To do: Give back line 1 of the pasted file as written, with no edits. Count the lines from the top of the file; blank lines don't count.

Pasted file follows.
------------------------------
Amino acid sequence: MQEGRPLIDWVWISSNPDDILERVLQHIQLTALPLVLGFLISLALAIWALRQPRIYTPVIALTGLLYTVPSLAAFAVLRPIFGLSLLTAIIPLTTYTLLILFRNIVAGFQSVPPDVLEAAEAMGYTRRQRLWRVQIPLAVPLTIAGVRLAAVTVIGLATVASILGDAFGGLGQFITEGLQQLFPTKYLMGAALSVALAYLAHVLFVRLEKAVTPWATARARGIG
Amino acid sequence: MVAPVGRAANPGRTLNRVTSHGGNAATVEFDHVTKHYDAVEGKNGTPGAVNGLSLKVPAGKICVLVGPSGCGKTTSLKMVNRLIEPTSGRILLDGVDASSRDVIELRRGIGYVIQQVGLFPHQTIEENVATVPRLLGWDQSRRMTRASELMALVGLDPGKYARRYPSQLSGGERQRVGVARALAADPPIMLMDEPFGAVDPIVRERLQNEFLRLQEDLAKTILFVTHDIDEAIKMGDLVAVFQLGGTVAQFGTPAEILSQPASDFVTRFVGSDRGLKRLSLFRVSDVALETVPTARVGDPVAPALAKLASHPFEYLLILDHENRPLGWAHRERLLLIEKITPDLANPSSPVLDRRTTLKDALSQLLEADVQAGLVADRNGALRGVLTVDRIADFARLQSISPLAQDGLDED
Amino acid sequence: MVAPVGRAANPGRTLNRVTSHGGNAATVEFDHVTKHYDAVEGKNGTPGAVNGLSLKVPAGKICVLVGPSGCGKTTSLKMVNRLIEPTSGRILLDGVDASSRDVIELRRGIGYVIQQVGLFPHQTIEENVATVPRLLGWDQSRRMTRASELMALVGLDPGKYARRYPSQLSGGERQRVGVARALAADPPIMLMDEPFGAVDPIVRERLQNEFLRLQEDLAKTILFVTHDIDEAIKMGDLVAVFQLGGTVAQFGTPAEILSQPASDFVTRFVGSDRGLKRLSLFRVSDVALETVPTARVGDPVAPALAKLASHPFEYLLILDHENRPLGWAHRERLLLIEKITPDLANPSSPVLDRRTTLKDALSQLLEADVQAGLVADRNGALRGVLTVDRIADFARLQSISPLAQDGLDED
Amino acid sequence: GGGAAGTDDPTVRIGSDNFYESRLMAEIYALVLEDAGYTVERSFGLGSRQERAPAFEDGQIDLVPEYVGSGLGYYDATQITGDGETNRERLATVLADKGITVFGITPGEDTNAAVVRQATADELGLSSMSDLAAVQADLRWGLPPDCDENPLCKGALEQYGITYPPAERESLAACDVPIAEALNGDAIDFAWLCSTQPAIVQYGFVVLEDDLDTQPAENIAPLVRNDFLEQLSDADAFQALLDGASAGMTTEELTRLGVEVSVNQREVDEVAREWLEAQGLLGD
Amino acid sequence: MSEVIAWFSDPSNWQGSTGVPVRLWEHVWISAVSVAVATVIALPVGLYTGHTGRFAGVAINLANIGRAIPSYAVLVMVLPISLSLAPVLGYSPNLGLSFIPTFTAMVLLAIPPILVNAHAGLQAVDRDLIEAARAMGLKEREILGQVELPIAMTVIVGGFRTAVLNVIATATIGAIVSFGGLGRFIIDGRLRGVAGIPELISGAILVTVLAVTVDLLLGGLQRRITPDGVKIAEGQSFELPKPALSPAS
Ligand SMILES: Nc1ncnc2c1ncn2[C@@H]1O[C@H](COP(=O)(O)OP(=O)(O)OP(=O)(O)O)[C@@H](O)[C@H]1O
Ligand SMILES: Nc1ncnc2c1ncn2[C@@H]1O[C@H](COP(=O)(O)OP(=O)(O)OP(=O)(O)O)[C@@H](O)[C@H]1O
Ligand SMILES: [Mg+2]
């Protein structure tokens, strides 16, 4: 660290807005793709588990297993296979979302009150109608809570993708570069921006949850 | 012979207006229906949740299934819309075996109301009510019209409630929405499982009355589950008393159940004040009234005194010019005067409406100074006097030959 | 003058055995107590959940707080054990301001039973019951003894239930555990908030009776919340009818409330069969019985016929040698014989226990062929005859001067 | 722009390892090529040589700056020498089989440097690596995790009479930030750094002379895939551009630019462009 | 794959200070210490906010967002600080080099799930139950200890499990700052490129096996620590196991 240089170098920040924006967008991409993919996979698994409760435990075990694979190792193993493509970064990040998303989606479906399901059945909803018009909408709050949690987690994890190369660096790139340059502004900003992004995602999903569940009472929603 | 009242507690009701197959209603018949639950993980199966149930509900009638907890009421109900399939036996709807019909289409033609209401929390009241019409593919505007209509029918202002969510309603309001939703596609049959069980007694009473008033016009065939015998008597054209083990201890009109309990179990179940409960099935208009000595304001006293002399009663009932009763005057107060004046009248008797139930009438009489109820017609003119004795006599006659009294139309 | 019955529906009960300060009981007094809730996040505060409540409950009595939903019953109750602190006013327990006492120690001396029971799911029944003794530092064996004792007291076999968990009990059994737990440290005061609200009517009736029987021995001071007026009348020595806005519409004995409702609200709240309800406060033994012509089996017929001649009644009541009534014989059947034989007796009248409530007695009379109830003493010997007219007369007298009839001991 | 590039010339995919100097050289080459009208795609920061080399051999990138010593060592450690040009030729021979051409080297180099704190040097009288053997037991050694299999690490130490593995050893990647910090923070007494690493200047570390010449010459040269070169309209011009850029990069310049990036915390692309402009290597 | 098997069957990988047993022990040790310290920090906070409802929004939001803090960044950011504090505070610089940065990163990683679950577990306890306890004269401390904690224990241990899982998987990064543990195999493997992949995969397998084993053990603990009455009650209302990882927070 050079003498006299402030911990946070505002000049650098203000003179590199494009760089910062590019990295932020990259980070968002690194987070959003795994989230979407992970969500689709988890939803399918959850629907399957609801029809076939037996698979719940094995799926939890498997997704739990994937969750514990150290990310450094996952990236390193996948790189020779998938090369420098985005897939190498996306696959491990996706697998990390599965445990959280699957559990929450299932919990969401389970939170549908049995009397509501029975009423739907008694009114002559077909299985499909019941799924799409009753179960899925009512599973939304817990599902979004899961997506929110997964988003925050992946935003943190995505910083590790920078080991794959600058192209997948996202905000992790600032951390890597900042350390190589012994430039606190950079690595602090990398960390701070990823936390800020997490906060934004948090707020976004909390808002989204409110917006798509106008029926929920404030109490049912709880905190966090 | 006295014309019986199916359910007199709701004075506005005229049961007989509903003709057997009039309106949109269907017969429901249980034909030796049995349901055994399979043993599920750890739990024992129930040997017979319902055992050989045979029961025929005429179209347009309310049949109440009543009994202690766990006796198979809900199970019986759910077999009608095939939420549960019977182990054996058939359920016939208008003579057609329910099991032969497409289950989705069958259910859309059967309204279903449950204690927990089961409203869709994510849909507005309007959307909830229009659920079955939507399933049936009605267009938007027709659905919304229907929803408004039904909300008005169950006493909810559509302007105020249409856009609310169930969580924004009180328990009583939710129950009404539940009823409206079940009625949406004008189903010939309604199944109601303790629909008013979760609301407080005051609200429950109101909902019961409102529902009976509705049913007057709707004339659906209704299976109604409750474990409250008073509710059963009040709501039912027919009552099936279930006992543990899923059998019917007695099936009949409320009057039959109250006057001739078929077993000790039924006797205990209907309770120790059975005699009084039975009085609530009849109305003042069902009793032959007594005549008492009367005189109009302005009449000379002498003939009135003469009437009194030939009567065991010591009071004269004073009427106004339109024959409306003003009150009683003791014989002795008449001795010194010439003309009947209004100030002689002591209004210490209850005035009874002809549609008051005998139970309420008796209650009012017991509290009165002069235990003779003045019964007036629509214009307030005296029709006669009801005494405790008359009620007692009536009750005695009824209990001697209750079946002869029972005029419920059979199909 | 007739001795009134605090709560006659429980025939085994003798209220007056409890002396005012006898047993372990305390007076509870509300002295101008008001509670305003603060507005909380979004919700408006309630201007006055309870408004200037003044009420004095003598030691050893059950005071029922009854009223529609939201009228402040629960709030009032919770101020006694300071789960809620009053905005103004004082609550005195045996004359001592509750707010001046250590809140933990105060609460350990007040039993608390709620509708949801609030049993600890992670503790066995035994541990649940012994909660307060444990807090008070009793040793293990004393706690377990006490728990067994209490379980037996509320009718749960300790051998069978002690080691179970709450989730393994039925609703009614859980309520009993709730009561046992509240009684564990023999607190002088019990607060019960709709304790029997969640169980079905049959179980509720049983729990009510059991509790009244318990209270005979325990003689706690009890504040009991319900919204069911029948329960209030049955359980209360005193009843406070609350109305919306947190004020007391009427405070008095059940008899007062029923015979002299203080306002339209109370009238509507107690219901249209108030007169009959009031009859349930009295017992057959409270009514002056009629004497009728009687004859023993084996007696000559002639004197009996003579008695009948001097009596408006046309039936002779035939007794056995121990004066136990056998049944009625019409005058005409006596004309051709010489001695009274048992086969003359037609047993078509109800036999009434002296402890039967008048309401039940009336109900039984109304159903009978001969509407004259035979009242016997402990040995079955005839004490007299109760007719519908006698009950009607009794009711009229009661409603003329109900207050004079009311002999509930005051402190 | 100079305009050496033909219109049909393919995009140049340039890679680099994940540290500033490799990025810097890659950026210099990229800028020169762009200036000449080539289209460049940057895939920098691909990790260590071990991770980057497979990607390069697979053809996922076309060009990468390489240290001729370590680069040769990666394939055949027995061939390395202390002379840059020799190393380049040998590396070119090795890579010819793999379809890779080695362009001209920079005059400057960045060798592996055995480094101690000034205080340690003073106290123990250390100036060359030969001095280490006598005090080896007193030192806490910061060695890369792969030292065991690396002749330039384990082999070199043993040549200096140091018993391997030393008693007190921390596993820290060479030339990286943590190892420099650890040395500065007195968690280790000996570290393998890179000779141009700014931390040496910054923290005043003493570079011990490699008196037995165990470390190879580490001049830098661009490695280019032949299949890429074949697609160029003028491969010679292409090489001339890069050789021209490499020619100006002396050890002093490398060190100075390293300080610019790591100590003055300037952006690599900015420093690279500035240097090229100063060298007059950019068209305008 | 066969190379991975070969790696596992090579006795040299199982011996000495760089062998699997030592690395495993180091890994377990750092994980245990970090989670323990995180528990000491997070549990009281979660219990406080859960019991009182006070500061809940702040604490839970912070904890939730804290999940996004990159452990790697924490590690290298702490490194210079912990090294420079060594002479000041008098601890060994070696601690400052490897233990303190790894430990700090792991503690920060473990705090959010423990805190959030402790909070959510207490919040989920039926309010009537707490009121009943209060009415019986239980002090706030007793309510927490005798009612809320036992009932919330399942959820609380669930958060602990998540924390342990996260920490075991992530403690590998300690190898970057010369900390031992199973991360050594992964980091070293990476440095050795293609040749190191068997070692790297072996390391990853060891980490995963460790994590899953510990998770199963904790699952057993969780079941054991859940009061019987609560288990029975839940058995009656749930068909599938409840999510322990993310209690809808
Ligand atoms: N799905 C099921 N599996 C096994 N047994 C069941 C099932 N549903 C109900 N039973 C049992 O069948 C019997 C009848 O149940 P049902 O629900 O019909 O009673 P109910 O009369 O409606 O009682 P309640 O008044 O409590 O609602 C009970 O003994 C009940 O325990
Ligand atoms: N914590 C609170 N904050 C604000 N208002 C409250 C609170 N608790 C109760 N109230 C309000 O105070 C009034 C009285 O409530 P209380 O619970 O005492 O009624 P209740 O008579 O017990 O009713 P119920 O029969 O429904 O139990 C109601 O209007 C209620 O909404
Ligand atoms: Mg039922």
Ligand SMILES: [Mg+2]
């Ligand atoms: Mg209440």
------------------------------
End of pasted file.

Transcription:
Amino acid sequence: MQEGRPLIDWVWISSNPDDILERVLQHIQLTALPLVLGFLISLALAIWALRQPRIYTPVIALTGLLYTVPSLAAFAVLRPIFGLSLLTAIIPLTTYTLLILFRNIVAGFQSVPPDVLEAAEAMGYTRRQRLWRVQIPLAVPLTIAGVRLAAVTVIGLATVASILGDAFGGLGQFITEGLQQLFPTKYLMGAALSVALAYLAHVLFVRLEKAVTPWATARARGIG